The Autopian just had a great Trivia Night, during which an Autopian member named Aaron divulged that he — like me — once owned a 2014 BMW i3 (I still have mine). “Oh yeah, you don’t own it anymore?” I asked. “Oh, it got wrecked. I have a video if you want to see.” Aaron handed over that video, and I was so shocked by how violent it is that I shared it with everyone on the Trivia call. Here’s a look at how an i3 holds up to a big box truck.
One of the things that makes the i3 so interesting is its unique construction. Built of plastic panels glued to a carbon-fiber passenger cell, all mounted atop a largely-aluminum skateboard (which contains batteries), the i3 is all about keeping weight down to maximize range with the small 60 Ah battery available back in 2013 for the 2014 model year. At 3,000 pounds, the early i3 is a damn lightweight electric car, especially given its rather large cabin volume.
“The carbon fiber body is perfect. You could never get this with steel or aluminum,” Sandy Munro says in the Autoline video above, which shows the carbon fiber “Life Module” and the aluminum “frame.” The carbon fiber body is moulded, and the holes are all cut by waterjets; it’s a precision-built structure, and it’s insanely light — so light that two people can pick up the whole body. The “Life Module” is said to weigh only about 350 pounds.
And if that makes you wonder whether this thing can withstand a beating, check out the car’s safety scores. They’re good everywhere —not amazing, but good, even on IIHS’s tough Small Overlap test:
Anyway, it’s a small carbon fiber reenforced plastic car that I daily-drive, and it’s something that I’ve always assumed — based on crash test results — was quite safe. And Aaron’s crash video reinforces that assumption. Look at how well the i3 holds up!:
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Aaron’s a great guy, so while many of y’all may want to talk about how veering into the left lane wasn’t the move, I’d say just let that be. Aaron knows! In retrospect, it clearly wasn’t the move (though I likely would have done the same!), but Aaron said he was almost certain that left lane was open. Alas, it wasn’t, and the box truck slammed into the little electric car, which held up surprisingly well!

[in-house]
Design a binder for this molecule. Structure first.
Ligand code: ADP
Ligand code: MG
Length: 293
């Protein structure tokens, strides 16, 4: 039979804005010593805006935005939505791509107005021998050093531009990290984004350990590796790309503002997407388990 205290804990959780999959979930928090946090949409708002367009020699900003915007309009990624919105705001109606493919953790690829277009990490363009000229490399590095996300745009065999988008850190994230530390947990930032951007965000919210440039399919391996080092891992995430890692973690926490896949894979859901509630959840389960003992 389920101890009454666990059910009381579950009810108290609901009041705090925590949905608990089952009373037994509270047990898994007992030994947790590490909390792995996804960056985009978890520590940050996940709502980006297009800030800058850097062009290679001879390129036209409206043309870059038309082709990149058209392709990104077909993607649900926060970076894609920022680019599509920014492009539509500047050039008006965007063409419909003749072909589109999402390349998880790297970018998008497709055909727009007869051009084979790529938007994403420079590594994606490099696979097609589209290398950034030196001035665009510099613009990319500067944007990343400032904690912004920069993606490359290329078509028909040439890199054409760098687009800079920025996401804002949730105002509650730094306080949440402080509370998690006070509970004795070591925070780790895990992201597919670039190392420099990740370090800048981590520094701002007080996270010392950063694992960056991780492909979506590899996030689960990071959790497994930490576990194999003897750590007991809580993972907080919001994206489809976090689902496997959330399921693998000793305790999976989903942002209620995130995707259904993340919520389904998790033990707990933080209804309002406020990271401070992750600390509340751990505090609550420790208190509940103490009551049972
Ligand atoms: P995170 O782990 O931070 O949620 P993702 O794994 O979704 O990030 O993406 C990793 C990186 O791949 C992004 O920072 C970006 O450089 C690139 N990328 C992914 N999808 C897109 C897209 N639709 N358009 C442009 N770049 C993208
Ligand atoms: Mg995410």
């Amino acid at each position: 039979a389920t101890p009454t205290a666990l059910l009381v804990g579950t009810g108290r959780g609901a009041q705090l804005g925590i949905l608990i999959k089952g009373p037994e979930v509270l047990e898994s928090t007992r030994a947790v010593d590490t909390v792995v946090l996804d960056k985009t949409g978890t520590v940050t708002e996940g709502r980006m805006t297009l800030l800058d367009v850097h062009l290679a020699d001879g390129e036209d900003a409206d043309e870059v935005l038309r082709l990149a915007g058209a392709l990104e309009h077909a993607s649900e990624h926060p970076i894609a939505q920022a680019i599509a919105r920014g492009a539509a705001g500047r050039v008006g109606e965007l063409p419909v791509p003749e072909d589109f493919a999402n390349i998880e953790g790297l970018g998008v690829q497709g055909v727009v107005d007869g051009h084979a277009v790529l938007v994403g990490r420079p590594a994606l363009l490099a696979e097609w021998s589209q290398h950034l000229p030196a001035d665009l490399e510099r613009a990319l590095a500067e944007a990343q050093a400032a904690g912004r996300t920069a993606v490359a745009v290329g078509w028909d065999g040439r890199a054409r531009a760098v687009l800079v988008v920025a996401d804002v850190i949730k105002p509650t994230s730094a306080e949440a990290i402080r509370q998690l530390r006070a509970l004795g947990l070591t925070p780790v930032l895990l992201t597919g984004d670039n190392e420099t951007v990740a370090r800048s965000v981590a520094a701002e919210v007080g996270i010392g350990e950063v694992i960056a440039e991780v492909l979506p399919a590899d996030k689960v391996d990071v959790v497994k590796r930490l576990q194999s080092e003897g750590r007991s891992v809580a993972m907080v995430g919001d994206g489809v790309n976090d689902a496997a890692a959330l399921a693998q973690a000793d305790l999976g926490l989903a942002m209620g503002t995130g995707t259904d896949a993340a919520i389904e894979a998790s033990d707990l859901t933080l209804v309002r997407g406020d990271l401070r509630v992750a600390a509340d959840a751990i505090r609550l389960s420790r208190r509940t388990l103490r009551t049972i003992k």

You can see some plastic panels broken and missing, and you can see the aluminum skin in the doors all mangled; the carbon fiber body structure appears to be mostly in decent shape. And in fact if you look inside the carbon fiber “life module,” you’ll see a cabin that looks mostly unscathed!:
Obviously, this is just a single accident, and you can’t glean a whole lot from it, other than “Wow, that accident looked violent and the little BMW held up well!” (Aaron is OK, btw).
The i3 was totaled in that crash, though before you say “Well, that’s because if you damage a carbon fiber structure, you’re done” you should read this older piece from CNET that describes how BMW recommended fixing compromised bits of the carbon fiber Life Module. From CNET:
BMW has segmented the Life Module into five “sectioning points,” basically telling technicians where to cut. A special carbon milling tool has been developed. It attaches to a vacuum to collect the carbon dust, giving a clean cut with no mess. If, for example, the A pillar is damaged (the forward structure that holds the windshield), that section of the composite shell will be cut starting at the front of the roof and again down at the footwell. That entire portion will be removed from the damaged car and a replacement section glued into place. (Yes, BMW techs will use glue, but don’t worry: much of the car is held together with the stuff in the first place.)
That all sounds simple enough, but there’s one major catch: you can’t buy just a small portion of the carbon frame. BMW will offer only the entire left or right side of the Life Cell, which will then be sliced and diced as needed. It remains to be seen whether insurance companies will be required to pay for the entire portion, or if dealers will cut them up and sell the individual segments. It also isn’t known what those components will cost.
Man I love my BMW i3. It’s safe, roomy, efficient, reasonably luxurious, feature-laded and just downright comfortable.